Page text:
Forfeiting the Zeroth AI War, and control over our own data

A little while back I wrote about how we’re forfeiting the first major global conflict between humans and AI frameworks: by not recognizing that the conflict exists, encouraging machine-learning models to measure success in their ability to change human behavior, and broadcasting voluminous data and access to human responses that help those nets to succeed even when the results hurt or dismay the people involved.

Addressing the second point: recognizing that sharing granular data about preferences and responses makes it easy for others to exploit individual behavior, how can we institute better control over the use of personal data on major platforms – social networks, ad tracking, ISP tracking, and the like? How can we ensure that the platforms we support and make powerful provide such protection to all by default?

The current public furore over Cambridge Analytica and SCL is relevant, but conceals in part the universal leverage all platforms have over their users, until they implement encryption and isolation that makes such leverage impossible without user buy-in (opt-in).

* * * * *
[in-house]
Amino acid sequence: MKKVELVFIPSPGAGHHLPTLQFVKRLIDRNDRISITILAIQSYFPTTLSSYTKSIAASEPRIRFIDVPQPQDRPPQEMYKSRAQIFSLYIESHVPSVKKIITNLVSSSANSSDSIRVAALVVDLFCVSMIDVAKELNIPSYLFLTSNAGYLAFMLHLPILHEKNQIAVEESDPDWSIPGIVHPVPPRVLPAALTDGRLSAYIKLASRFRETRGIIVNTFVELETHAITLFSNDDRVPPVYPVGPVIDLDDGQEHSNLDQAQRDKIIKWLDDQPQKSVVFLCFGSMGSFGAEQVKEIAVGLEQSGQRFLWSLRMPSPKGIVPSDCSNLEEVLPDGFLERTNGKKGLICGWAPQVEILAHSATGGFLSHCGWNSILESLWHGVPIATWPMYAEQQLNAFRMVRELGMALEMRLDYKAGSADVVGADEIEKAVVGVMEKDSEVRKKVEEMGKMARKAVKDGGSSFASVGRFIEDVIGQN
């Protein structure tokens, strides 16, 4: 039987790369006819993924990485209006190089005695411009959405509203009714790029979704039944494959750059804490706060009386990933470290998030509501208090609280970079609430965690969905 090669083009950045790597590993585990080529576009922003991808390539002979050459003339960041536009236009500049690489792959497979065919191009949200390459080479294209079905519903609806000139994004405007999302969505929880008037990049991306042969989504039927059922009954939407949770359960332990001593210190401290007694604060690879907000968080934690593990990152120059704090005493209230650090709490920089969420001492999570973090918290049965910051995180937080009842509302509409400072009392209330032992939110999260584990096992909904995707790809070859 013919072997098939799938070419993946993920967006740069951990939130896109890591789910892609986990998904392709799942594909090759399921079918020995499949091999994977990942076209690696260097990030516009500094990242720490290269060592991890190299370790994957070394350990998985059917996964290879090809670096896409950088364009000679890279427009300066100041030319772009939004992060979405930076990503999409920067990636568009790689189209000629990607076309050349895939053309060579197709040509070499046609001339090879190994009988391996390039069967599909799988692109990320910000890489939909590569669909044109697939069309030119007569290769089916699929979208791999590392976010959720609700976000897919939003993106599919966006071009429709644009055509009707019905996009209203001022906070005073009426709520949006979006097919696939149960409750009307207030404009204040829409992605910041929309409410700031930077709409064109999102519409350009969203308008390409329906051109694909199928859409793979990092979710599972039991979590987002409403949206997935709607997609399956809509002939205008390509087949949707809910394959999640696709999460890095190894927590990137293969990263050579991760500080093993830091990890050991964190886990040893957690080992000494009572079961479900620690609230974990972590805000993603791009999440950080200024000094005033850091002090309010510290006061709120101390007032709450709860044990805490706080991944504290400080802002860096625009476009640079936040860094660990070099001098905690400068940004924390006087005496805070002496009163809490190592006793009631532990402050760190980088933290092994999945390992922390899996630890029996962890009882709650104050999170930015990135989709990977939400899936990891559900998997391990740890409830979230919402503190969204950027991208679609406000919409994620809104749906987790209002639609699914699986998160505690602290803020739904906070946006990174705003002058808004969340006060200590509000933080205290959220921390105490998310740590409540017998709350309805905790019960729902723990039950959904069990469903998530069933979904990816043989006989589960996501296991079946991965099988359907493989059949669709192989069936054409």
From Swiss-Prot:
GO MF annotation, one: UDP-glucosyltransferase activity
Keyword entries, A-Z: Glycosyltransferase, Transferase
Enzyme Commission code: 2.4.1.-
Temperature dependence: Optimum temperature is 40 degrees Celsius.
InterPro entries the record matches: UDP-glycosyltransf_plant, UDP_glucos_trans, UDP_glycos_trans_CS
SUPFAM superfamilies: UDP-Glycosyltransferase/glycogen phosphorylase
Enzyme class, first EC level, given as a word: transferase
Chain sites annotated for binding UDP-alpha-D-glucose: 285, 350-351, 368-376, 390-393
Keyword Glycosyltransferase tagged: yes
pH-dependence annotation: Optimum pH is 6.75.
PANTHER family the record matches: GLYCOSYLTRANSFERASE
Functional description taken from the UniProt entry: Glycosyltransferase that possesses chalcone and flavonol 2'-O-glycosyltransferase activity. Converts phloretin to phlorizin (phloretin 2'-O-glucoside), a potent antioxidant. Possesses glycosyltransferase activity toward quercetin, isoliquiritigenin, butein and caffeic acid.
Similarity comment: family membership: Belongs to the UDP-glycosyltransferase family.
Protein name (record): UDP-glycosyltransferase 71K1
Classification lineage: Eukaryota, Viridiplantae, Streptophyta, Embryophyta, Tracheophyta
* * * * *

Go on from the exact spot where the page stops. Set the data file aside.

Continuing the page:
Some attempts to answer these questions:

    • Mozilla has launched a public petition to FB to set the default privacy setting to “requires explicit user permission”:
    • There’s an older notion of “vendor relationship management” that anyone who uses one’s personal data has to make that use visible to the person, and get their permission:

If you live in the European Union, a mandate was just passed involving the “right to be forgotten”. Contact your politicians and tell them you would like to see your country embrace this trend even further.

if you live in the U.S. or anywhere else without personal data protection laws, contact your local representative and tell them you want to see legislation that will mandate companies give users control of their data.

It’s great that Firefox is trying to deal directly with Facebook, but the best way to make these changes last will be with legislation.

Belatedly, I signed the Mozilla petition.

I have a question for you: what is the effect, if any, of the recent Congressional hearings on FB’s behavior? Is Mr. Z and/or FB emboldened? Chastened?

Thanks @metasj! The ProjectVRM wiki has a very cool list of VRM Development Work. Cool :sunglasses:

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Not chastened, as far as I know. It seems to be viewed as a hurdle that was overcome without much damage. The challenge to FB in the UK is a more serious one, and they’ve fared less well in both the political and public-journalism arena there.

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